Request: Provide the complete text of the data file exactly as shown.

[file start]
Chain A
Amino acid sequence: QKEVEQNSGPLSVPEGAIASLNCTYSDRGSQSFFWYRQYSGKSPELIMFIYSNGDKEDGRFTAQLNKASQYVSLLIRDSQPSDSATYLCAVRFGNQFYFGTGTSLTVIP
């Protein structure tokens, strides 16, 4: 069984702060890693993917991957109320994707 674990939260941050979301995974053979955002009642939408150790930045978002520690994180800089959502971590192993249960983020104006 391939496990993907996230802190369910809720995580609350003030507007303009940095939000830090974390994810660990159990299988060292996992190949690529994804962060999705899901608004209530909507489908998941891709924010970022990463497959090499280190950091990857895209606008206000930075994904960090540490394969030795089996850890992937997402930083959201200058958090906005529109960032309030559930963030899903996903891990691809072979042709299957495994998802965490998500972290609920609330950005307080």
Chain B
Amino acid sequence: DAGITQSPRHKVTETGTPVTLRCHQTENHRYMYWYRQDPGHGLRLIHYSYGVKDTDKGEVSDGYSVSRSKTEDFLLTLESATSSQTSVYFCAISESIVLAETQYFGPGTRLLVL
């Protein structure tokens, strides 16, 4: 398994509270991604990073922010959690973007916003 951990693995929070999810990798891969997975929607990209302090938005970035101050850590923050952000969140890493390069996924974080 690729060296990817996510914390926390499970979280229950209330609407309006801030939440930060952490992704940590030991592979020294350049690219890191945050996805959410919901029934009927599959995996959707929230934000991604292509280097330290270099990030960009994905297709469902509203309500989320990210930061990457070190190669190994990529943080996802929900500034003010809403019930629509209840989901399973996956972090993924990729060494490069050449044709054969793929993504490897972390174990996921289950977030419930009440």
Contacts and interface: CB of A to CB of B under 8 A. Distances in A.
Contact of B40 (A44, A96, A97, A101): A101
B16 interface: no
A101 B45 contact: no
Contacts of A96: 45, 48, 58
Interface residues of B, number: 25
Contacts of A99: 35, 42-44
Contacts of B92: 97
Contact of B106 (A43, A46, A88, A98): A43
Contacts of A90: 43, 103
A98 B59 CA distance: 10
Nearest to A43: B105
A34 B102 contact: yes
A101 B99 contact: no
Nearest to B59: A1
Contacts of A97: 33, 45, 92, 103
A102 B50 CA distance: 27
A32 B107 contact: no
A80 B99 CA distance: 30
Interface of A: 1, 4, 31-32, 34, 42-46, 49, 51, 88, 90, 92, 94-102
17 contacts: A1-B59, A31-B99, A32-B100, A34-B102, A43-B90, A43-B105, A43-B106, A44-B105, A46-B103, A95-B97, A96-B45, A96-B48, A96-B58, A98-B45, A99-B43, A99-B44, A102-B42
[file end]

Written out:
Chain A
Amino acid sequence: QKEVEQNSGPLSVPEGAIASLNCTYSDRGSQSFFWYRQYSGKSPELIMFIYSNGDKEDGRFTAQLNKASQYVSLLIRDSQPSDSATYLCAVRFGNQFYFGTGTSLTVIP
């Protein structure tokens, strides 16, 4: 069984702060890693993917991957109320994707 674990939260941050979301995974053979955002009642939408150790930045978002520690994180800089959502971590192993249960983020104006 391939496990993907996230802190369910809720995580609350003030507007303009940095939000830090974390994810660990159990299988060292996992190949690529994804962060999705899901608004209530909507489908998941891709924010970022990463497959090499280190950091990857895209606008206000930075994904960090540490394969030795089996850890992937997402930083959201200058958090906005529109960032309030559930963030899903996903891990691809072979042709299957495994998802965490998500972290609920609330950005307080």
Chain B
Amino acid sequence: DAGITQSPRHKVTETGTPVTLRCHQTENHRYMYWYRQDPGHGLRLIHYSYGVKDTDKGEVSDGYSVSRSKTEDFLLTLESATSSQTSVYFCAISESIVLAETQYFGPGTRLLVL
């Protein structure tokens, strides 16, 4: 398994509270991604990073922010959690973007916003 951990693995929070999810990798891969997975929607990209302090938005970035101050850590923050952000969140890493390069996924974080 690729060296990817996510914390926390499970979280229950209330609407309006801030939440930060952490992704940590030991592979020294350049690219890191945050996805959410919901029934009927599959995996959707929230934000991604292509280097330290270099990030960009994905297709469902509203309500989320990210930061990457070190190669190994990529943080996802929900500034003010809403019930629509209840989901399973996956972090993924990729060494490069050449044709054969793929993504490897972390174990996921289950977030419930009440």
Contacts and interface: CB of A to CB of B under 8 A. Distances in A.
Contact of B40 (A44, A96, A97, A101): A101
B16 interface: no
A101 B45 contact: no
Contacts of A96: 45, 48, 58
Interface residues of B, number: 25
Contacts of A99: 35, 42-44
Contacts of B92: 97
Contact of B106 (A43, A46, A88, A98): A43
Contacts of A90: 43, 103
A98 B59 CA distance: 10
Nearest to A43: B105
A34 B102 contact: yes
A101 B99 contact: no
Nearest to B59: A1
Contacts of A97: 33, 45, 92, 103
A102 B50 CA distance: 27
A32 B107 contact: no
A80 B99 CA distance: 30
Interface of A: 1, 4, 31-32, 34, 42-46, 49, 51, 88, 90, 92, 94-102
17 contacts: A1-B59, A31-B99, A32-B100, A34-B102, A43-B90, A43-B105, A43-B106, A44-B105, A46-B103, A95-B97, A96-B45, A96-B48, A96-B58, A98-B45, A99-B43, A99-B44, A102-B42